After a few weeks, Foltz started to find her way through the mass of job-related information online. She subscribed to several job search sites such as Indeed.com and CareerBuilder.com and gets daily e-mails about job openings in her areas of specialty: child development, advocacy and welfare, early childhood education and children’s services.
Even though technology aids the search for employment, Foltz has only applied for one job so far, a teaching position in Freemont, Ohio, which she heard about on a Web site. But she continues to keep her options open.
In the meantime Foltz spends most of her days volunteering, which has led to at least one employment possibility. She dedicates much of her time to being a Heart of Missouri Court Appointed Special Advocate. The group is composed mostly of volunteers who work on complicated court cases involving children. It works with guardian ad litems, who are lawyers and members of the Missouri bar who enforce the law on behalf of the children.
“Terrie is absolutely wonderful to work with,” Steve Skolnick, director of Heart of Missouri CASA, says. “She has an incredible passion for children, and what CASA’s about is being the voice of the children in court.”
Foltz’s passion started in eighth grade. Her teacher, Mrs. Lucas, recognized Foltz’s potential and sought to bring the young girl out of her shell. “I remember, to this day, when I got my braces off, that (Mrs. Lucas) said, ‘It’s nice to finally see you smile,’” Foltz says. Fond memories of Mrs. Lucas inspire Foltz to give voice to those who have none. “It was her love for teaching and her belief in me,” Foltz says. “I want to give that gift back to the children I work with.”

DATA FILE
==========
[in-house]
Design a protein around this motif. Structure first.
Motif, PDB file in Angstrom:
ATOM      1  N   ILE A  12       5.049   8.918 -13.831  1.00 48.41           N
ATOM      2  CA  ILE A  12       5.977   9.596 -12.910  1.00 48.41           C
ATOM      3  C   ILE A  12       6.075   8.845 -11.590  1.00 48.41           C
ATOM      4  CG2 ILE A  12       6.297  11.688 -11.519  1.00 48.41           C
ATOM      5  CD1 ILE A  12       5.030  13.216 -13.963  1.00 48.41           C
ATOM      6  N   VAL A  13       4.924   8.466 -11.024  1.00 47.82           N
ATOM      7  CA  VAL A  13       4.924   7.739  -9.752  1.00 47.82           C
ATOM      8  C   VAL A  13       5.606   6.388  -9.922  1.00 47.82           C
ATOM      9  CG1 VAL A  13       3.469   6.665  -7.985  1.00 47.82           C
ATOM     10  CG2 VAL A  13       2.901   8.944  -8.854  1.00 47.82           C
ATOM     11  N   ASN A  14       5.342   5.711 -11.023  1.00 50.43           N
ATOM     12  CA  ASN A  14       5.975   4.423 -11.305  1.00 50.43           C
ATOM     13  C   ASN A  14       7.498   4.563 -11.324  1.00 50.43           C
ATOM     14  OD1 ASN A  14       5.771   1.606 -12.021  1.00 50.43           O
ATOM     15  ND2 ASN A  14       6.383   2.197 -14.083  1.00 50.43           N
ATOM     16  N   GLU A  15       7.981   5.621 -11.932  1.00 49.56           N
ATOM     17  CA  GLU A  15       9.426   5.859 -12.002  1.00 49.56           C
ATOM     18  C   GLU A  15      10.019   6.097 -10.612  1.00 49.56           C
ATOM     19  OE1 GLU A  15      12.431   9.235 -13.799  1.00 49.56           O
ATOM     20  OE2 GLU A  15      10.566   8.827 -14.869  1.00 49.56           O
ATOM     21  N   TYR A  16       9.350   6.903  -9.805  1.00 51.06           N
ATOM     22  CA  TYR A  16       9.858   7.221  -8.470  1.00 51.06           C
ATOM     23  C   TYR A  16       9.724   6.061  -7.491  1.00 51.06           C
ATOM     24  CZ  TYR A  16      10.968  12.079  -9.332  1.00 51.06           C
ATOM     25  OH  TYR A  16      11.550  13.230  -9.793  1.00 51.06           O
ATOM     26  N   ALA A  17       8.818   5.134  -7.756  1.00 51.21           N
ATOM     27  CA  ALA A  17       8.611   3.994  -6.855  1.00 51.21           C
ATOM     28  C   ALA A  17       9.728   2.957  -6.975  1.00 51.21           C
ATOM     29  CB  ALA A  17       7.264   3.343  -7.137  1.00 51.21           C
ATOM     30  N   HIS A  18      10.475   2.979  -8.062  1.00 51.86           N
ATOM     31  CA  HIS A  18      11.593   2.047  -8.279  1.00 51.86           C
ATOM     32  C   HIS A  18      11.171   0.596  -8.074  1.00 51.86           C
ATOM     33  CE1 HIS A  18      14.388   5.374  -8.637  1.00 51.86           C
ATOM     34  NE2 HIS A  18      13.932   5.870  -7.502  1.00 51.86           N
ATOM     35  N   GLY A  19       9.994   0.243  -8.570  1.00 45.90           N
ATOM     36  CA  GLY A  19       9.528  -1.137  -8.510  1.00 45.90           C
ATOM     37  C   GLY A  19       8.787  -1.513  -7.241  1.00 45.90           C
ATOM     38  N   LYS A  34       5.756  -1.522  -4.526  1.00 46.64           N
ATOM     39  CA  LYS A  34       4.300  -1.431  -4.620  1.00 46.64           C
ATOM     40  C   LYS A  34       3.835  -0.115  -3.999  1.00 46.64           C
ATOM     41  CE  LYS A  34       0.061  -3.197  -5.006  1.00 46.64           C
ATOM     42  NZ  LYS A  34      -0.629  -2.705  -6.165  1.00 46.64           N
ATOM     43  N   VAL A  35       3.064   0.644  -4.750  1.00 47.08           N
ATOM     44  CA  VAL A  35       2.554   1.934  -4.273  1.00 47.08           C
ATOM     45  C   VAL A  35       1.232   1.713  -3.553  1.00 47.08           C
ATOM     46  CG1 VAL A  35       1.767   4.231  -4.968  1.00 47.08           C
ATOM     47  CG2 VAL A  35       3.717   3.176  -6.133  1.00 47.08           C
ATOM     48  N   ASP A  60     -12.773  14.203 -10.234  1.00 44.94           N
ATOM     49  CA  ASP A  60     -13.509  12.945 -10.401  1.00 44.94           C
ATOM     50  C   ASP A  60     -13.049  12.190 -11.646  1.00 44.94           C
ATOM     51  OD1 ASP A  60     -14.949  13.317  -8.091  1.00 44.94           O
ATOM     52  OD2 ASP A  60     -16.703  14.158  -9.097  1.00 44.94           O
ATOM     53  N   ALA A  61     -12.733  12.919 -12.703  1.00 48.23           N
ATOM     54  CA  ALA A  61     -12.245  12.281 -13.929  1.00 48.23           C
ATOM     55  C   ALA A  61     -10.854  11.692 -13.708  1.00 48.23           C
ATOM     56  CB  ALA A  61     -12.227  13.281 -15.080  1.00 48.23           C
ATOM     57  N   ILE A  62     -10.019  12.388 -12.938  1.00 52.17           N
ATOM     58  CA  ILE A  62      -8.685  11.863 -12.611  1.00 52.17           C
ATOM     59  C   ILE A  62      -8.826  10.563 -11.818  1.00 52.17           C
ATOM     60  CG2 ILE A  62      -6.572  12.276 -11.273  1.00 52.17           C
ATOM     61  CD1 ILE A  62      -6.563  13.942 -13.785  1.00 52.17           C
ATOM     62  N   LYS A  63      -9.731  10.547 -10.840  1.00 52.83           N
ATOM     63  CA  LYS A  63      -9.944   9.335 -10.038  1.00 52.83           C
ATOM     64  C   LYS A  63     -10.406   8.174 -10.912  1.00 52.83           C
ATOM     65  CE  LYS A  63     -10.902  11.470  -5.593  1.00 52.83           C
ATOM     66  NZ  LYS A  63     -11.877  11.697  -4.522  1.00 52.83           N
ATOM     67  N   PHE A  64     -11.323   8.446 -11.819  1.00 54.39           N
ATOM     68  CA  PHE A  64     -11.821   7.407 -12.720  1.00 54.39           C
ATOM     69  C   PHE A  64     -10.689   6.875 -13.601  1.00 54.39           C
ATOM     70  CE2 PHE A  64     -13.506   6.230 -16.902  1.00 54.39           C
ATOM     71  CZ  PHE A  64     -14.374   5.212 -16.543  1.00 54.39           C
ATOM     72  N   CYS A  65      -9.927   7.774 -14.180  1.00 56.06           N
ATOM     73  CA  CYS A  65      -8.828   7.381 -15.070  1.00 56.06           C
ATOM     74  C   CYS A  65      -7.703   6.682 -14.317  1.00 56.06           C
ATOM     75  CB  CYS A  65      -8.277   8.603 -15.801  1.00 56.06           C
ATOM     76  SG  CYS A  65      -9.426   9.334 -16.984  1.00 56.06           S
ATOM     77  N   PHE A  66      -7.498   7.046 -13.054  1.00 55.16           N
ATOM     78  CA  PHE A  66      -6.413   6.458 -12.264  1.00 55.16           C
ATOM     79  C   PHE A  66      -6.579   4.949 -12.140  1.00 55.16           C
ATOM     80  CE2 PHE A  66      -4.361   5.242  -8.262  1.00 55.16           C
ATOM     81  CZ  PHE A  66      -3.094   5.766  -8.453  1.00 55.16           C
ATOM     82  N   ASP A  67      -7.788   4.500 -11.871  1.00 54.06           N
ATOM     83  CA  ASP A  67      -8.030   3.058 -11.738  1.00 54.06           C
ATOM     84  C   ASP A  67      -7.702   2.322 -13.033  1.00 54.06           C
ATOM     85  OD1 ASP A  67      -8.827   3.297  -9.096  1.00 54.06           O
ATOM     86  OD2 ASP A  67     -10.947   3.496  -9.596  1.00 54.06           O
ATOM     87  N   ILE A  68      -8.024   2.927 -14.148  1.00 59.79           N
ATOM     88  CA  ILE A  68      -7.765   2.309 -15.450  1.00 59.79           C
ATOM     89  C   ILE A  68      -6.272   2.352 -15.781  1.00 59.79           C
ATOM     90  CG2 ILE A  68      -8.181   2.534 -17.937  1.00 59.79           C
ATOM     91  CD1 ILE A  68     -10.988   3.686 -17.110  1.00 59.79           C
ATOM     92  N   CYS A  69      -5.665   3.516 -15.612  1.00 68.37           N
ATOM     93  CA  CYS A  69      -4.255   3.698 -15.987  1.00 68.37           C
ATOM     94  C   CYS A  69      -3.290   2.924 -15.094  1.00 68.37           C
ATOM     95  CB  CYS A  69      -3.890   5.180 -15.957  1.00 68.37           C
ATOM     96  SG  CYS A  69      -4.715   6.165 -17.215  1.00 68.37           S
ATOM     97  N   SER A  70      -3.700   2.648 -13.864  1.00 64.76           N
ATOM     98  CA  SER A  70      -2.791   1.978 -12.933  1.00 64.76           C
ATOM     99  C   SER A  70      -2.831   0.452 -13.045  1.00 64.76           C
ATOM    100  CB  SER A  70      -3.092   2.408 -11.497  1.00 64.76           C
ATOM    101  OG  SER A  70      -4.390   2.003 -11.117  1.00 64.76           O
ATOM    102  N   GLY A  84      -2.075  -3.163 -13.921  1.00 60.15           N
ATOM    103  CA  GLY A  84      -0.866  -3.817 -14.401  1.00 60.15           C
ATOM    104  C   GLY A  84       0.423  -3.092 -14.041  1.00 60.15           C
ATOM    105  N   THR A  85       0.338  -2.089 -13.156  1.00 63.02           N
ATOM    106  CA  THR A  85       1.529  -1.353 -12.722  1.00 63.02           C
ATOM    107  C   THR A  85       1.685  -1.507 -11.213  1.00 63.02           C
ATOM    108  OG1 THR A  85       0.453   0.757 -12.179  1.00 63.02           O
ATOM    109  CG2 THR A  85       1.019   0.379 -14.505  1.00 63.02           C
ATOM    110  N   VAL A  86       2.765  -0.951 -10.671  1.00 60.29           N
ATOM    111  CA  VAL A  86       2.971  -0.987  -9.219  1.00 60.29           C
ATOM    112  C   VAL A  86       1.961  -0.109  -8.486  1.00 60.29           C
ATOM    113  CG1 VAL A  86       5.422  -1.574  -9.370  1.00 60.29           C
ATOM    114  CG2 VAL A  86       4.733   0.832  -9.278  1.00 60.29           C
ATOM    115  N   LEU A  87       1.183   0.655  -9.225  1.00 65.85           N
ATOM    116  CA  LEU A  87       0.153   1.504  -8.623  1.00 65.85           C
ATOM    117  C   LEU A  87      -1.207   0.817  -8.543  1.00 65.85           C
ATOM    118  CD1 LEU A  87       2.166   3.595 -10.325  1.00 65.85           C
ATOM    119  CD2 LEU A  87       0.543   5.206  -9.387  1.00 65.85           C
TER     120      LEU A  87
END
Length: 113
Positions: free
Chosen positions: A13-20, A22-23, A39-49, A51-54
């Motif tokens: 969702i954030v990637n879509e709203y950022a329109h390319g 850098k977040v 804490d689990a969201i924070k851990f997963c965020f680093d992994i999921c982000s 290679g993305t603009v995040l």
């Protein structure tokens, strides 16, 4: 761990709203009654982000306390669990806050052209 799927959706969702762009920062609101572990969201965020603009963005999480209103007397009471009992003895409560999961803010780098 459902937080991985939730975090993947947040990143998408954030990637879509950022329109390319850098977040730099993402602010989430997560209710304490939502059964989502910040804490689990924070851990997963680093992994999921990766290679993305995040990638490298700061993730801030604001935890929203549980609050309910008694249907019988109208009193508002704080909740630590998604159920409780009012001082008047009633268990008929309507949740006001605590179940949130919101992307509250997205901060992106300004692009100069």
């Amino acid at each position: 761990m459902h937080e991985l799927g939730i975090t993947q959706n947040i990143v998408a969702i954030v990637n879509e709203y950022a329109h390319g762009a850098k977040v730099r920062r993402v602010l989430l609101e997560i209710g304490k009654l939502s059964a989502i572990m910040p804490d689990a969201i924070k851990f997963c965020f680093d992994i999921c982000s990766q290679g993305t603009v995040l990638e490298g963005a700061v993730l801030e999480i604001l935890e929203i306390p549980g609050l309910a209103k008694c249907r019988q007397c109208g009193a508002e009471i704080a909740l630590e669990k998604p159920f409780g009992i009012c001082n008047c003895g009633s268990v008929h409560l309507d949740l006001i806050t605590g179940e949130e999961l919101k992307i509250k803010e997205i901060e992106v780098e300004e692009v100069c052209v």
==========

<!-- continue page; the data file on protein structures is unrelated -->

And she has given back. Recently, Foltz volunteered to help interview and train new CASA volunteers when she heard there was no money to hire a volunteer coordinator. “She realized how important the position was,” Skolnick says. “Besides the eight to 10 hours she puts in as a CASA, that’s a significant additional obligation on her part.”
In addition to training these volunteers, she acts as a mentor for the new advocates. If they’re new to the court process or have no experience in childhood development, they can talk to Foltz about it, which gives Skolnick time to raise funds and awareness of the organization’s existence.
Foltz’s volunteer work reinforced the need for a permanent staff position in the organization to oversee and train the advocates, which has helped Skolnick have time to submit a federal grant that would fund the position for a volunteer coordinator. If the grant is approved, Foltz would like to be hired for the volunteer coordinator position. The group will hear whether the grant passes on June 1.
If so, she’d go through the formal hiring, application and interview process, with no guarantee that she would receive the job. But she’d be ready to step in if the organization decided to hire her. “I really enjoy it,” she says. “I mean there’s hardly a day that goes by that I don’t learn something new, and I was not getting that at my previous position.”
Foltz has found a new, exciting life after employment. And that, perhaps, is what sets her apart the most. “These past two years have been a complete blessing because I am able to have this adventure, I call it, where I am constantly learning and meeting new people,” she says as she smiles softly. “I’m a different person now than I was two years ago, and I really like the person I’ve become.”